The Governor said staff were dealing with an incident elsewhere for over two hours. The Governor said there were 10 prisoners on special observations (spl obs) and nine further committals, requiring 768 checks and 2,520 general checks.

Prison authorities not giving 'sufficient attention' to circumstances around vulnerable inmate deaths

“This number of spl obs and general checks is physically impossible to complete while detailing with an incident for over two hours on D2,” the Governor said.

In her foreword, Ms Gilheaney said her office had been investigating deaths in custody since 2012.

She said that “over the past six years” the office had identified incidences of a failure to adhere to “special observations”, which according to IPS policies and procedures, required checks on assigned inmates every 15 minutes.

She said the investigation into the death of Prisoner G found that the special observations were not implemented.

“It is clear that the controls in place were inadequate. It is noted that similar recommendations have been made in Death in Custody reports over and over again and therefore it leads me to conclude that they have not been receiving sufficient attention,” Ms Gilheaney said.

She said there should be “zero tolerance in instances where there is failure to carry out the required observations and appropriate disciplinary action taken”.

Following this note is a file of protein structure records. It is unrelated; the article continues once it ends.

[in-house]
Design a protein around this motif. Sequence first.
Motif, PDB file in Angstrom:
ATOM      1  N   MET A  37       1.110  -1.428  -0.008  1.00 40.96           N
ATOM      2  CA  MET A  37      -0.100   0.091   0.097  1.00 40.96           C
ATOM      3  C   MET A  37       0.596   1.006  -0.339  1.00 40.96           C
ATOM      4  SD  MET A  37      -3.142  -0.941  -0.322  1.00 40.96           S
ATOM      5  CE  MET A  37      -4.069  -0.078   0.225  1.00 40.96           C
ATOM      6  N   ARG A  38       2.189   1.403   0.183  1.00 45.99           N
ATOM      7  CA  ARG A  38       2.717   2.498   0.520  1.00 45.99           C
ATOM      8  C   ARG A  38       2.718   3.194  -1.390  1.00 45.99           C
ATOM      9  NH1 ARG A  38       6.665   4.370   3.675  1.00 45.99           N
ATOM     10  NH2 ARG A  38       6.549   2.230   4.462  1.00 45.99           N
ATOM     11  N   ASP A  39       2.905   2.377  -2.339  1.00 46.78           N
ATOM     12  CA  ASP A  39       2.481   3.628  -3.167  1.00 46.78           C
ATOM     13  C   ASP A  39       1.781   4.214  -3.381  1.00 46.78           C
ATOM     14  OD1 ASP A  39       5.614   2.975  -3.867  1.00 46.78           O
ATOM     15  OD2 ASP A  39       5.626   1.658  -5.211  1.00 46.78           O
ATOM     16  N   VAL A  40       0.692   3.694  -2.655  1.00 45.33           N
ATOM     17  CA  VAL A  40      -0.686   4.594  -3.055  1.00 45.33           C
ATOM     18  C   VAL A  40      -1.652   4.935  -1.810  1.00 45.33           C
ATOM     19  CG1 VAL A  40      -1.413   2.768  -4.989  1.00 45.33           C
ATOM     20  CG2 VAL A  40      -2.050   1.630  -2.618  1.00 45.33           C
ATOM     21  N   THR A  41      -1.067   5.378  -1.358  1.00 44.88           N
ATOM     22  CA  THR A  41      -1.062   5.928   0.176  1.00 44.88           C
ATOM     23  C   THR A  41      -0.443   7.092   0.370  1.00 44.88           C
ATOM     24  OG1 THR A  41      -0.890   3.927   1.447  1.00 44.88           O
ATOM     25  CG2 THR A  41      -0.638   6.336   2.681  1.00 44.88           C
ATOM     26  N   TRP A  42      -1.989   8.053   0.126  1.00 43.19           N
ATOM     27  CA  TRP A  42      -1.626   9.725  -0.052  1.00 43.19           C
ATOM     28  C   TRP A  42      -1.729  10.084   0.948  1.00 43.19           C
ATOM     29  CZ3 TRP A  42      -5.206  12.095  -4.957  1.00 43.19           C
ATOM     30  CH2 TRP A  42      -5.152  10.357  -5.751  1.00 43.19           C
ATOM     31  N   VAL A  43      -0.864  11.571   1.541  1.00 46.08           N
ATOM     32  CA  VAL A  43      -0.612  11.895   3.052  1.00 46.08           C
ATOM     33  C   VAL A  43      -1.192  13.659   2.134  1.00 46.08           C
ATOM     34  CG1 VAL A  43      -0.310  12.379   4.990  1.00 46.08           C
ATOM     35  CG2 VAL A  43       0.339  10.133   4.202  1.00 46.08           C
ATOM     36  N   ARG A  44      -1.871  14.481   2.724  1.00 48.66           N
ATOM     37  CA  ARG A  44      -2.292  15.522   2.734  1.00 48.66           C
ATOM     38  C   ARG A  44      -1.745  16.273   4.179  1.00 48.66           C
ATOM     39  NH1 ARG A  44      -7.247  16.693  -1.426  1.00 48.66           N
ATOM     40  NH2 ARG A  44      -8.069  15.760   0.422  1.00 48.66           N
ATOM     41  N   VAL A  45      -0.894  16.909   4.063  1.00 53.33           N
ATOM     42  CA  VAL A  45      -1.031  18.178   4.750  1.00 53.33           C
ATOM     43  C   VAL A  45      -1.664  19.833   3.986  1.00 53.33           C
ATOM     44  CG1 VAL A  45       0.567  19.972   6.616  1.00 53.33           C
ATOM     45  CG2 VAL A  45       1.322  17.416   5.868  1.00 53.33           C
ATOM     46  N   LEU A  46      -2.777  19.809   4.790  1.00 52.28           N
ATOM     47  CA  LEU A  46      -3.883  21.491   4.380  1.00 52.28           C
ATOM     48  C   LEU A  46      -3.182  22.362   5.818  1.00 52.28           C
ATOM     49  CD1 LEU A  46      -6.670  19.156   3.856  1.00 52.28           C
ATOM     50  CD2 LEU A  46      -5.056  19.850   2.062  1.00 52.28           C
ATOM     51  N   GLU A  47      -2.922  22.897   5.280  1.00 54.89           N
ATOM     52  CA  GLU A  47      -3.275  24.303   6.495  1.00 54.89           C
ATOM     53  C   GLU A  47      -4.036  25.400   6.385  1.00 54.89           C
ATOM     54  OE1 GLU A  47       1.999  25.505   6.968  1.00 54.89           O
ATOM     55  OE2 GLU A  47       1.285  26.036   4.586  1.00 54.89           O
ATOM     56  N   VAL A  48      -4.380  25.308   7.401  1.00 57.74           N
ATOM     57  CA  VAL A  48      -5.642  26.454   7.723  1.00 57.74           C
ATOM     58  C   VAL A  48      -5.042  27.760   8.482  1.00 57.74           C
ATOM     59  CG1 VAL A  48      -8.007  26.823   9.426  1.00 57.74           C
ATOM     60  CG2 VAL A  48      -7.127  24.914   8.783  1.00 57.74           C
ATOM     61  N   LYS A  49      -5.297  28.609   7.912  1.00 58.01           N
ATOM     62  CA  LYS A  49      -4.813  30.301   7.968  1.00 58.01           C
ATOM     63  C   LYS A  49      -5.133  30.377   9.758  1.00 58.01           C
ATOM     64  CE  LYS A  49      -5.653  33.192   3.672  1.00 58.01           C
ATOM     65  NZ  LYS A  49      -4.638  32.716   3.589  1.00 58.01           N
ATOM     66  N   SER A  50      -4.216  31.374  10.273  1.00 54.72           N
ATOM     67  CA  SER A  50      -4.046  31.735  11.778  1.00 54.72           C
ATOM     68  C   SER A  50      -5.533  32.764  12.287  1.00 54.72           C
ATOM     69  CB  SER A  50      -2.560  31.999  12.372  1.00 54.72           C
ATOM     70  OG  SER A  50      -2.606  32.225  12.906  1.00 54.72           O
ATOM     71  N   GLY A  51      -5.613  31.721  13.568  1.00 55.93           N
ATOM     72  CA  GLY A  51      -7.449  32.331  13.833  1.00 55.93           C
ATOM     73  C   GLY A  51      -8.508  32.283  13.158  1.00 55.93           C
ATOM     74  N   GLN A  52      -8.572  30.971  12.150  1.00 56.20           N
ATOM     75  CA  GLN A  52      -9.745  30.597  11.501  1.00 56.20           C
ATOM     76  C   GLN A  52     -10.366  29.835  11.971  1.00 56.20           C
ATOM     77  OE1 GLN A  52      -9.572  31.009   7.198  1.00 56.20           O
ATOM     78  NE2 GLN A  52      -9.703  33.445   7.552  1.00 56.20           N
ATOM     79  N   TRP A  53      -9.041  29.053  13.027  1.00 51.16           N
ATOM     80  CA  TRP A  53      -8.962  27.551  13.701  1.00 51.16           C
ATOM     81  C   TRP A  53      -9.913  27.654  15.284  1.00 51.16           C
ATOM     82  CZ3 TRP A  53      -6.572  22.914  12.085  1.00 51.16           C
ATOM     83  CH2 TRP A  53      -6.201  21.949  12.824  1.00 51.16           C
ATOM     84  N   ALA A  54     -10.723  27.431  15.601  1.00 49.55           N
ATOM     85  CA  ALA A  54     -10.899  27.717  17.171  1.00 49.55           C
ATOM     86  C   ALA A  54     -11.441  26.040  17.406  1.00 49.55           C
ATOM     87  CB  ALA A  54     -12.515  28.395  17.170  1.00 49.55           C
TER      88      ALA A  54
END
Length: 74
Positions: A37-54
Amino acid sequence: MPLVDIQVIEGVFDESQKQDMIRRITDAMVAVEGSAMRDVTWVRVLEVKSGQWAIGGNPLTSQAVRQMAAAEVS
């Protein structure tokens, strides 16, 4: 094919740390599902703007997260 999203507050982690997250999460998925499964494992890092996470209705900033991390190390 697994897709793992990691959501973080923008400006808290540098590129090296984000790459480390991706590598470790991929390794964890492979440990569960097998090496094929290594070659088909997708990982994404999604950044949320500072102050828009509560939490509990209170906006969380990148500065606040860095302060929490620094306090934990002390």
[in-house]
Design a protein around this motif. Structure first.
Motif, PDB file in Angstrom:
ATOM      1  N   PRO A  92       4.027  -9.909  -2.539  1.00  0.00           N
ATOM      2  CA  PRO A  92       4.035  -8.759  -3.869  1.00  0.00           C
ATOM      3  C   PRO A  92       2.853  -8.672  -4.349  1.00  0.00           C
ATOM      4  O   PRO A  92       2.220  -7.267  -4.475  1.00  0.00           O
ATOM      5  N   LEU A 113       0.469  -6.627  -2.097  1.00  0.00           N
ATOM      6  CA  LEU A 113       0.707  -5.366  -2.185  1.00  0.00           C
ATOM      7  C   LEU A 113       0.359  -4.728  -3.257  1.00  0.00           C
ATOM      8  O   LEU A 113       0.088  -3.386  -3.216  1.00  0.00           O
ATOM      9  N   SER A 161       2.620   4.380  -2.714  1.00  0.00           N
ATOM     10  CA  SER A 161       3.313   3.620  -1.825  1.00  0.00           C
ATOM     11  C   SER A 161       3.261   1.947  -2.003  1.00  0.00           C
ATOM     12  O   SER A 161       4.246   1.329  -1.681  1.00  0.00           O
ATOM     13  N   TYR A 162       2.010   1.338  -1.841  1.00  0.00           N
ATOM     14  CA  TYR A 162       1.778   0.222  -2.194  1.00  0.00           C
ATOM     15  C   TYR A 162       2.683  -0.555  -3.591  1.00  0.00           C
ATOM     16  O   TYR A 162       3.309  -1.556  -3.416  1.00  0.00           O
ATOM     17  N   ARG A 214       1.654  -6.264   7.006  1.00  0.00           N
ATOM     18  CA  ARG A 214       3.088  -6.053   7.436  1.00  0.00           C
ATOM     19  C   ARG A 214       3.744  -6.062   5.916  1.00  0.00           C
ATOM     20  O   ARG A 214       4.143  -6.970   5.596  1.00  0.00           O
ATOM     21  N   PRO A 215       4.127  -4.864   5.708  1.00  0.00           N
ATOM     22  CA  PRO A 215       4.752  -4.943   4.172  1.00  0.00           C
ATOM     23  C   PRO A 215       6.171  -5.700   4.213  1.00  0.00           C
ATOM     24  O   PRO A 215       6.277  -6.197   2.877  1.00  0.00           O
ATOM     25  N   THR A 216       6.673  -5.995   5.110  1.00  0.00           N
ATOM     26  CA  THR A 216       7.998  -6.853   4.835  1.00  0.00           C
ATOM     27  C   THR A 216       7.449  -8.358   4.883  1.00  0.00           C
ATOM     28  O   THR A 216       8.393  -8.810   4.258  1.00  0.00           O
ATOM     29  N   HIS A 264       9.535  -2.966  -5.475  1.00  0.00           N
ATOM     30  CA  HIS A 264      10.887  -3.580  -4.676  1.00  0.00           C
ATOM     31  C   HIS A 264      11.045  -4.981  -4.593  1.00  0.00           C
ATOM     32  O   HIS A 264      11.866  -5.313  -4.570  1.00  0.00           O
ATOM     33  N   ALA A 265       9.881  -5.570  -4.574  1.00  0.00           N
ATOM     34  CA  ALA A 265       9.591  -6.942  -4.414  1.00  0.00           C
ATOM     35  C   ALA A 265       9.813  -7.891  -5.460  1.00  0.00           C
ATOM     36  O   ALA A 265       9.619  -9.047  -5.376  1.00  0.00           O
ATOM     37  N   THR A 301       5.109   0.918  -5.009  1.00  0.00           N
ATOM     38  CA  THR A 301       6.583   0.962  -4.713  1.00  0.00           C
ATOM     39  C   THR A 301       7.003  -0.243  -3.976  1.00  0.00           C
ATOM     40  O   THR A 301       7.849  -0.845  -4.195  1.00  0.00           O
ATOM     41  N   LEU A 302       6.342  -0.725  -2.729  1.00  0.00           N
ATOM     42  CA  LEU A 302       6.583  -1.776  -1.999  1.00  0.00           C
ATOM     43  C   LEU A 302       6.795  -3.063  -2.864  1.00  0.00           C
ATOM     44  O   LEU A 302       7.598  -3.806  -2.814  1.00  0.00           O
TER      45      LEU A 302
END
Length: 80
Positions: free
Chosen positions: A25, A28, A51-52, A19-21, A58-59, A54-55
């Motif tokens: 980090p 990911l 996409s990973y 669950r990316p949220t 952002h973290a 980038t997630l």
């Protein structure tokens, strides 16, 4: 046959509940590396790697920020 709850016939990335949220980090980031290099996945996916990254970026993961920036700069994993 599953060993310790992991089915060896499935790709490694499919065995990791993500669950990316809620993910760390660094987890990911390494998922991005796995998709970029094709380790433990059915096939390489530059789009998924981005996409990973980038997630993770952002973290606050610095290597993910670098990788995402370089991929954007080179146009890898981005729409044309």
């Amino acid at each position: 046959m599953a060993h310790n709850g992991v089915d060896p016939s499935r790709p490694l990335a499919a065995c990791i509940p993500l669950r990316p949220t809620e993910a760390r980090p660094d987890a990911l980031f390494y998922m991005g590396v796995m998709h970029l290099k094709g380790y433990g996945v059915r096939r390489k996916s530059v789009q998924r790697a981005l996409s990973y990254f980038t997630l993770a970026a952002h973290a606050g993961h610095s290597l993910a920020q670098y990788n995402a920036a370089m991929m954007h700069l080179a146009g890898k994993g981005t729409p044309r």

She said the failure to record and/or retain CCTV footage should be considered “a very serious matter” and said the office had raised this issue before.

Ms Gilheaney said failure to adhere to the law was of “particular concern”.

She said it was of “serious concern” that despite successive calls to take action to prevent more deaths that the “opportunity to prevent recurrence of similar deaths does not appear to be sufficiently addressed”.

Prison authorities not giving 'sufficient attention' to circumstances around vulnerable inmate deaths

She welcomed measures the IPS Director General had pledged on foot of receiving a draft report in December 2018 to implement the recommendations.

In a statement, the IPS said the Inspector had raised “a number of points which are of concern” to the Director General, who had “put in place an action plan to resolve all of the recommendations”.

It said the measures have been introduced “to ensure compliance” with the 15-minute checks requirement.

It said landing lighting had been modified to ensure “visibility of staff” conducting checks on CCTV and prison management were now able to review all night duty CCTV footage.

It said the DG had written to all staff highlighting their responsibilities and obligations and instructed management to take “all necessary action” to ensure compliance.

It said new guidelines for the imposition of disciplinary sanctions would be published internally “in the coming days”.

Fíona Ní Chinnéide of the Irish Penal Reform Trust said: "Investigations into deaths in prison custody are required to be prompt in order to identify any systemic issues and avoid potential future deaths. The failure by the Irish Prison Service to secure evidence is of particularly grave concern, as is the 18-month timeline for completion of the initial investigation report.

“It is critical now that the Minister for Justice and Equality ensures the Inspectorate has the resources to fulfill its important function, and that the Inspector's recommendations are implemented in full across the prison estate."